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NEWS
By Greg Schneider and Greg Schneider,SUN STAFF | July 26, 1999
WASHINGTON -- With the doors closed and only one other congressman in the small room on the first floor of the Capitol, Rep. Jerry Lewis dropped a bomb."
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BUSINESS
By Greg Schneider and Greg Schneider,SUN STAFF | September 21, 1999
Top House and Senate budget negotiators have begun closed-door sessions that will determine the fate of the Lockheed Martin-built F-22 fighter plane.Rumors flew over the weekend about deals to save the jet from a $1.8 billion budget cut approved in July by the House, but nothing has been resolved."
BUSINESS
By Greg Schneider and Greg Schneider,SUN STAFF | September 25, 1997
The radar-evading F-22 fighter plane managed to zip safely past Congressional budget negotiators this week, relieving Lockheed Martin Corp. officials who dreaded further cuts.But another defense project with Maryland ties -- the Arsenal Ship -- may be headed for the briny deep.Pentagon officials told budget conferees last month that the Arsenal Ship -- a missile platform -- needed $85 million for next year to stay on track. In the appropriations agreement released yesterday, the program got $35 million.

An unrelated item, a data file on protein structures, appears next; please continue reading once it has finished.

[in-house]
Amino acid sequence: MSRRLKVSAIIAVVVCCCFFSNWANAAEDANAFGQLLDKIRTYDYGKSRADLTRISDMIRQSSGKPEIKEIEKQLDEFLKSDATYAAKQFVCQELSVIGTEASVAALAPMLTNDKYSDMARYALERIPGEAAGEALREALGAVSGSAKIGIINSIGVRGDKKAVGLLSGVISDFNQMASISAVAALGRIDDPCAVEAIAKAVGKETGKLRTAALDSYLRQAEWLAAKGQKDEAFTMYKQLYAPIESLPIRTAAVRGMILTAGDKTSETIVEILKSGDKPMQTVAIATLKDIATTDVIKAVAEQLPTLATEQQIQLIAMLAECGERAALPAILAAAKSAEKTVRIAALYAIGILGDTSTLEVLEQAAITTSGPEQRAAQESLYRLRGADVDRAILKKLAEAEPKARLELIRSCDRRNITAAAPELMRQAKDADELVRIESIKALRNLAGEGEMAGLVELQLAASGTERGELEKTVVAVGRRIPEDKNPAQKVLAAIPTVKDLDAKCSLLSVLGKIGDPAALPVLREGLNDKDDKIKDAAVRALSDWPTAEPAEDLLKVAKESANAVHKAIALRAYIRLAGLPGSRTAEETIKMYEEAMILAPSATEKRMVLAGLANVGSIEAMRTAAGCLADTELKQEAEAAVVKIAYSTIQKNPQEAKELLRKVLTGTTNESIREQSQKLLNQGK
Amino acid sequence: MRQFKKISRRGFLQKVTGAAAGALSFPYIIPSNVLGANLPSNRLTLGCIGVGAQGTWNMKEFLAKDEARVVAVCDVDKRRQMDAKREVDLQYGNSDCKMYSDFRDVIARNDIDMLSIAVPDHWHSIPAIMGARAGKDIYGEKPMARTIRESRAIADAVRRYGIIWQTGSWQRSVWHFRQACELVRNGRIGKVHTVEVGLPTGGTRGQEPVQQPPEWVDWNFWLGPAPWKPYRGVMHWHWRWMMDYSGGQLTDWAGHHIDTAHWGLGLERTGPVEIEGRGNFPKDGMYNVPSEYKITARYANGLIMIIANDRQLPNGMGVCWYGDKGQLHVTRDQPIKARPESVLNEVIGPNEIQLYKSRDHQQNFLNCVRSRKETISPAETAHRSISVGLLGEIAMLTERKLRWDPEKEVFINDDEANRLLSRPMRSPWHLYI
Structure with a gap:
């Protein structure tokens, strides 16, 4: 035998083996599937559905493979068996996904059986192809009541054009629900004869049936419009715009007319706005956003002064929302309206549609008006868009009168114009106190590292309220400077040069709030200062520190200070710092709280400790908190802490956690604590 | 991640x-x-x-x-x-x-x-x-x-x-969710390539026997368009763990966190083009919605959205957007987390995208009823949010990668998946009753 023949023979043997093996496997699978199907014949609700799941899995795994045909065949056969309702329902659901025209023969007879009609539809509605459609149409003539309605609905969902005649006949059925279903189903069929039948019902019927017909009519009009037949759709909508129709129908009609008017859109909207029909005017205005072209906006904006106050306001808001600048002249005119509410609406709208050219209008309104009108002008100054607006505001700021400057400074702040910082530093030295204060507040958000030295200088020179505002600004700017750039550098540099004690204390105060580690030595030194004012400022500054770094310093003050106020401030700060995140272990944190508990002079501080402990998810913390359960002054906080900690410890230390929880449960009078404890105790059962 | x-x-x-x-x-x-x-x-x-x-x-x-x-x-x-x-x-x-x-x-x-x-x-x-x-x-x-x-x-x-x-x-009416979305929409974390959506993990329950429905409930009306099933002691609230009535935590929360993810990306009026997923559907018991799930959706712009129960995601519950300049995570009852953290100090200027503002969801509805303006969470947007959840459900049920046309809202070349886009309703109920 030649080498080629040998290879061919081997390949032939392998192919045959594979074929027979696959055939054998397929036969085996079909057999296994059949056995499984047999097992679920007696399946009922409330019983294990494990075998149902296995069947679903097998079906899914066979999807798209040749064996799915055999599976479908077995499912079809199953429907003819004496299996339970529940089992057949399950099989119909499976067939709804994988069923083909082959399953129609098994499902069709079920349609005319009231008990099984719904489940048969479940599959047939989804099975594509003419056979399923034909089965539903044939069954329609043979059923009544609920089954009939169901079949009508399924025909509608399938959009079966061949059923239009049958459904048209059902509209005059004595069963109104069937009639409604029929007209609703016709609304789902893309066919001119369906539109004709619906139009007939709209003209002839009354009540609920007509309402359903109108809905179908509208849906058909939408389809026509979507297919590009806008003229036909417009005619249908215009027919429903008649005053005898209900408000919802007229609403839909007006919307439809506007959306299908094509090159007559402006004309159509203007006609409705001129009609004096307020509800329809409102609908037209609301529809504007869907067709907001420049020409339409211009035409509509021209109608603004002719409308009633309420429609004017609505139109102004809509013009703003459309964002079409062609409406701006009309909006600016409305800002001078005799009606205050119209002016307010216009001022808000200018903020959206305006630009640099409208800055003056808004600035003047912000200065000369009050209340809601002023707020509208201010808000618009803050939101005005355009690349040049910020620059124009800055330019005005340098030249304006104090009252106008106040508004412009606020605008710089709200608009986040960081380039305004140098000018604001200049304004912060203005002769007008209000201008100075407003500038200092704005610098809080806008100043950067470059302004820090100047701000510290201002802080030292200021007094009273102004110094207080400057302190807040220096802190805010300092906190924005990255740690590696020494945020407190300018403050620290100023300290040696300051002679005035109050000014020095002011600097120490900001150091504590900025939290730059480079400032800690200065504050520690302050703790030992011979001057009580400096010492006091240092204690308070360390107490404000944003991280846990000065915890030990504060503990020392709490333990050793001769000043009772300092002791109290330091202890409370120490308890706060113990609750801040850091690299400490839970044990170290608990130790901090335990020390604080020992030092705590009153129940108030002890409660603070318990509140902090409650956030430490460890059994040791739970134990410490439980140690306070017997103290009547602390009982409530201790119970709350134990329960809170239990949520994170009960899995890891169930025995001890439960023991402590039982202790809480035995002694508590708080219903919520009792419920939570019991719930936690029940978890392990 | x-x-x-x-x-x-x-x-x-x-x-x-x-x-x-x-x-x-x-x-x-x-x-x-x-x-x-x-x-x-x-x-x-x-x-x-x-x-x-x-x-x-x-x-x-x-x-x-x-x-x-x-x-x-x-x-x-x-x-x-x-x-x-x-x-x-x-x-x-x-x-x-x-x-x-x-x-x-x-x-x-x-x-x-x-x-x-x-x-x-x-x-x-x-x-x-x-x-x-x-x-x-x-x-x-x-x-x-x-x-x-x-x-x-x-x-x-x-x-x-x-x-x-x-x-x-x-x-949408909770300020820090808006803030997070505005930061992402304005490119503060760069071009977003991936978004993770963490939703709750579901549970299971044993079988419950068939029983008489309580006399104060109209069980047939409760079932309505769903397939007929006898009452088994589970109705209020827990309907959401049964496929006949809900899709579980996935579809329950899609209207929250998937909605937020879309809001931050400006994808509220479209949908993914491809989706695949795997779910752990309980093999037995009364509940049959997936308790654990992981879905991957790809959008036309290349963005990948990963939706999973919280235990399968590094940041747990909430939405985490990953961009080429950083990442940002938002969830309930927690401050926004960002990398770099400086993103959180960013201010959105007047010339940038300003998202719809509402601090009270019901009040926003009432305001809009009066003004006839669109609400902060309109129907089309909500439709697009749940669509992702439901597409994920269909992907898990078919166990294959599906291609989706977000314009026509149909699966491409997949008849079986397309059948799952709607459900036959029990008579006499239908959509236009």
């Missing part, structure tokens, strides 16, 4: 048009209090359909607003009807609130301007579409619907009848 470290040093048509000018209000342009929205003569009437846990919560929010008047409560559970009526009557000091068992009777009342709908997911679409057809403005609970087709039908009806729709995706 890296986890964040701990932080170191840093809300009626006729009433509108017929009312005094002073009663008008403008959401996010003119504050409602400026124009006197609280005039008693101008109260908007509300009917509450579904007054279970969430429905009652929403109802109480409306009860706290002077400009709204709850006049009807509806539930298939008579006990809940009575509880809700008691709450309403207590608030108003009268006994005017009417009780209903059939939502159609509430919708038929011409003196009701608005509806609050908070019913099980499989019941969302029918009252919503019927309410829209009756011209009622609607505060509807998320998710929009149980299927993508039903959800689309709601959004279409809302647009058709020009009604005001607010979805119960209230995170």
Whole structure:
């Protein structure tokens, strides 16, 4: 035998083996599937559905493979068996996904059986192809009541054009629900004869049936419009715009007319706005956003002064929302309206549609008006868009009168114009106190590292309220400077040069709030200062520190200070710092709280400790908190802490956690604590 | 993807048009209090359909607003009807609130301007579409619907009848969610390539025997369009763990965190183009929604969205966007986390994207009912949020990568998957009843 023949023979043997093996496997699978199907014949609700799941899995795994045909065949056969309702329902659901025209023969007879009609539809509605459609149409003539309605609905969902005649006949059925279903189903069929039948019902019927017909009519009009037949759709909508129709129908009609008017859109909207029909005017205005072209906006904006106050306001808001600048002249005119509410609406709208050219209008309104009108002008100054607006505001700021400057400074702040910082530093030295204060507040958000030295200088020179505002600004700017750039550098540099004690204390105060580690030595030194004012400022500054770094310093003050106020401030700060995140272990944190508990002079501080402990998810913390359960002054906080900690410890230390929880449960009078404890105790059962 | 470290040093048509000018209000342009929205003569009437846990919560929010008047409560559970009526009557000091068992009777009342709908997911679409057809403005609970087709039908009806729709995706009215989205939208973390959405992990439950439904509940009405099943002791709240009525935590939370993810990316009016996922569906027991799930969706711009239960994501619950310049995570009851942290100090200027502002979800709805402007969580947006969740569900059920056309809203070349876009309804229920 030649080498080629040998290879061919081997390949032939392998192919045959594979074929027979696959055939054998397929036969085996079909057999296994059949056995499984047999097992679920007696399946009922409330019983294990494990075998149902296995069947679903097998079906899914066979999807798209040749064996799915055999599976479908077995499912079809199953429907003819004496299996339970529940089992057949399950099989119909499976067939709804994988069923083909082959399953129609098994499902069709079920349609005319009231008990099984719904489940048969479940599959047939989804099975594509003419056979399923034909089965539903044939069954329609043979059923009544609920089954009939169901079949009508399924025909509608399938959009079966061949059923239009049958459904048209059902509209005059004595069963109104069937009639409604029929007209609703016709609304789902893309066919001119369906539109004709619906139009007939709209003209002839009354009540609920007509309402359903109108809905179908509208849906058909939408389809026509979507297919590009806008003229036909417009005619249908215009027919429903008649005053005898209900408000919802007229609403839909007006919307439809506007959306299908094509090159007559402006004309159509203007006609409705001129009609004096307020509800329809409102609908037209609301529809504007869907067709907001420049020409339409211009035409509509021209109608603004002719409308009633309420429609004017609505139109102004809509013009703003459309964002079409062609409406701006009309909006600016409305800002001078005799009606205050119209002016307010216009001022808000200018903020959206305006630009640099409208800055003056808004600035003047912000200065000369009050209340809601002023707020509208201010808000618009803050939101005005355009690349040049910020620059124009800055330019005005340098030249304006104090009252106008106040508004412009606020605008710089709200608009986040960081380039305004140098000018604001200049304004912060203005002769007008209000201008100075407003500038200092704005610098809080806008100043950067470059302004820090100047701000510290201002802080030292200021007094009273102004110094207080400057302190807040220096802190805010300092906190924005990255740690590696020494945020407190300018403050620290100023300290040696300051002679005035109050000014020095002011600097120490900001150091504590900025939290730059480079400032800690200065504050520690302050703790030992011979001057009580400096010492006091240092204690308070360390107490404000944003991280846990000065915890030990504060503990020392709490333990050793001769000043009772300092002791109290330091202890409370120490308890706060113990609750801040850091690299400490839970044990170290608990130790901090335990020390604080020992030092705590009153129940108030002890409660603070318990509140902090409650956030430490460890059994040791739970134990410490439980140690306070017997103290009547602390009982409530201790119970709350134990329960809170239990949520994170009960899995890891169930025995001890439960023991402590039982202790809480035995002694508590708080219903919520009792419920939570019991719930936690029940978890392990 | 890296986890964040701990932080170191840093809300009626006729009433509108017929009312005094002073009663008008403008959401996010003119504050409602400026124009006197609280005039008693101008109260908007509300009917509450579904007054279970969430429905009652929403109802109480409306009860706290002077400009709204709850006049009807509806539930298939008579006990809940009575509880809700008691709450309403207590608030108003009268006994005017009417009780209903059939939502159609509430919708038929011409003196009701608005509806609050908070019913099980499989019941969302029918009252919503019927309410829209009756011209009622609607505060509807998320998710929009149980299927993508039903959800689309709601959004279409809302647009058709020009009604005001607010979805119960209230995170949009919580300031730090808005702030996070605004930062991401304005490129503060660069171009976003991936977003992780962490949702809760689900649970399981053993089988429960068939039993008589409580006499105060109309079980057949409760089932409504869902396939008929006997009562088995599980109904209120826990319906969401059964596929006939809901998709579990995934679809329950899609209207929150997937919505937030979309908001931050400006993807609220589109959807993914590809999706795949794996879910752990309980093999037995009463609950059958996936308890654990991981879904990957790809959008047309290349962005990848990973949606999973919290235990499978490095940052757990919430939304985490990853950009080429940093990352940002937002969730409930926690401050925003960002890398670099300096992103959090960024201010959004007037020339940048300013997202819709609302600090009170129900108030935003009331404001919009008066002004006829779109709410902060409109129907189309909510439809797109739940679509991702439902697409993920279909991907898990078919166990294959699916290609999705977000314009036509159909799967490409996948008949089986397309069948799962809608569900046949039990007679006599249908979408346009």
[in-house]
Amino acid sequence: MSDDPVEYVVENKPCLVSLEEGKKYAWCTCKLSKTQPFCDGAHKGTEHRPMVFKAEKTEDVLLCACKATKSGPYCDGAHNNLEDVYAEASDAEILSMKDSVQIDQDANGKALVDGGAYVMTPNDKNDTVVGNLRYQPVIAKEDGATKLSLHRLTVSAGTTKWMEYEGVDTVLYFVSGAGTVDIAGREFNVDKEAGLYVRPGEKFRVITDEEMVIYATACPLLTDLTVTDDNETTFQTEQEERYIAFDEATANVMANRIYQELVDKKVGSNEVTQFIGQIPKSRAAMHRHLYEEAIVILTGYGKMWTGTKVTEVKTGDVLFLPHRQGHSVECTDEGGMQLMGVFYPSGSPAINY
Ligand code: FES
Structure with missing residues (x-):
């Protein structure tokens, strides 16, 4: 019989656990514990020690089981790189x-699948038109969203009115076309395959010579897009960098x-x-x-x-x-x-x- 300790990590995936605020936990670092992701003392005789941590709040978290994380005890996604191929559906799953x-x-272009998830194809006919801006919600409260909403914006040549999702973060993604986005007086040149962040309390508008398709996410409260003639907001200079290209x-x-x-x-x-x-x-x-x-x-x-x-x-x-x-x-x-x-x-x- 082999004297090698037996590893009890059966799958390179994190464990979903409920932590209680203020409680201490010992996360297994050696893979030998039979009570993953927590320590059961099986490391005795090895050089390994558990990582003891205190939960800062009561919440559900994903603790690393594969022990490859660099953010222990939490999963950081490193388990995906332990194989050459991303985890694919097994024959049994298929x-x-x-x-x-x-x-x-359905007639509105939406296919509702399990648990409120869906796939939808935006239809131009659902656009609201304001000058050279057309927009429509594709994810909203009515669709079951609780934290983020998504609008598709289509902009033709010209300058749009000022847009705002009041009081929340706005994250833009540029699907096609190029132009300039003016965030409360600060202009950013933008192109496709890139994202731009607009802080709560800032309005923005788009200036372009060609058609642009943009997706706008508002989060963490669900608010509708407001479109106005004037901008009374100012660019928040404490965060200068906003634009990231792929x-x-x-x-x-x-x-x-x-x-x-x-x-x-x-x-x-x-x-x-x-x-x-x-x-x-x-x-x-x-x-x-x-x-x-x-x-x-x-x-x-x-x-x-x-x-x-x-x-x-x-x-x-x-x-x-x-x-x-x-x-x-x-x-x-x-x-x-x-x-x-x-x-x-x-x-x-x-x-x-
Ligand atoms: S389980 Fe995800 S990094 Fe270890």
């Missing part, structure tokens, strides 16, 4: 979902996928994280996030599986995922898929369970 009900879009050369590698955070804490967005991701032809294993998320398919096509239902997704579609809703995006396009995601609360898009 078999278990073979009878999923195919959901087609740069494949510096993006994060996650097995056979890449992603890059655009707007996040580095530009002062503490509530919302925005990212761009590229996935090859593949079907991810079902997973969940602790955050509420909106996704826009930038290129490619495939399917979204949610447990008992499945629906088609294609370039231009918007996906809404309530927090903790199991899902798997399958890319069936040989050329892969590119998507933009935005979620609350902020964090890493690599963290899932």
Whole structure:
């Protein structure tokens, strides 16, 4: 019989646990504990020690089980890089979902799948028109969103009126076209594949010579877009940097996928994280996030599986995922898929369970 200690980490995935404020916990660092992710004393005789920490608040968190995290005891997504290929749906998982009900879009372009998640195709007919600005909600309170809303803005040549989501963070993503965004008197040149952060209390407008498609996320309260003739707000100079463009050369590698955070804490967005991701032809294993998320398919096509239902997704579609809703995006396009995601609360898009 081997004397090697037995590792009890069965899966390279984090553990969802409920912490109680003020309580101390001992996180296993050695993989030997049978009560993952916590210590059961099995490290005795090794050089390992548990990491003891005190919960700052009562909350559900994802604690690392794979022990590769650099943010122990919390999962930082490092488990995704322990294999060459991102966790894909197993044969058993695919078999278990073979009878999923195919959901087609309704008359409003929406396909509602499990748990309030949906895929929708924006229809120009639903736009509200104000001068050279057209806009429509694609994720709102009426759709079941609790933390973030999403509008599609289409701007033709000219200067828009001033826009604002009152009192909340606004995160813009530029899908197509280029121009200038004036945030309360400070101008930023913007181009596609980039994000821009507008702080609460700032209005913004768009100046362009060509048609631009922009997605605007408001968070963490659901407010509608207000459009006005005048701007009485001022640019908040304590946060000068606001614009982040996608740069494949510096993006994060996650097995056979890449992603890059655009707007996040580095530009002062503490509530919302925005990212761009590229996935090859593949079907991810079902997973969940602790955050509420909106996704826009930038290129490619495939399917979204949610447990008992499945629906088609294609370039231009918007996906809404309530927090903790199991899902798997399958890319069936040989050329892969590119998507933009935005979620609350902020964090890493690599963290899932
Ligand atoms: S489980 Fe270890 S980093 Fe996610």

NEWS
By Greg Schneider and Greg Schneider,SUN STAFF | July 23, 1999
WASHINGTON -- The House of Representatives voted yesterday to eliminate funding for the next six F-22 Raptor fighter planes, thrusting the Air Force's most coveted new weapon system into limbo.By a vote of 379-43, the House approved a $266 billion defense spending plan that omits $1.8 billion the Pentagon had wanted for buying the planes next year.The measure also would put a halt on two F-22s the Pentagon agreed to buy this year from lead contractor Lockheed Martin Corp. of Bethesda.Though $1.2 billion remains in the House-approved budget for continuing to develop the F-22, contractors, the Air Force and President Clinton have argued that zeroing out money to build the planes would kill the $62.7 billion program.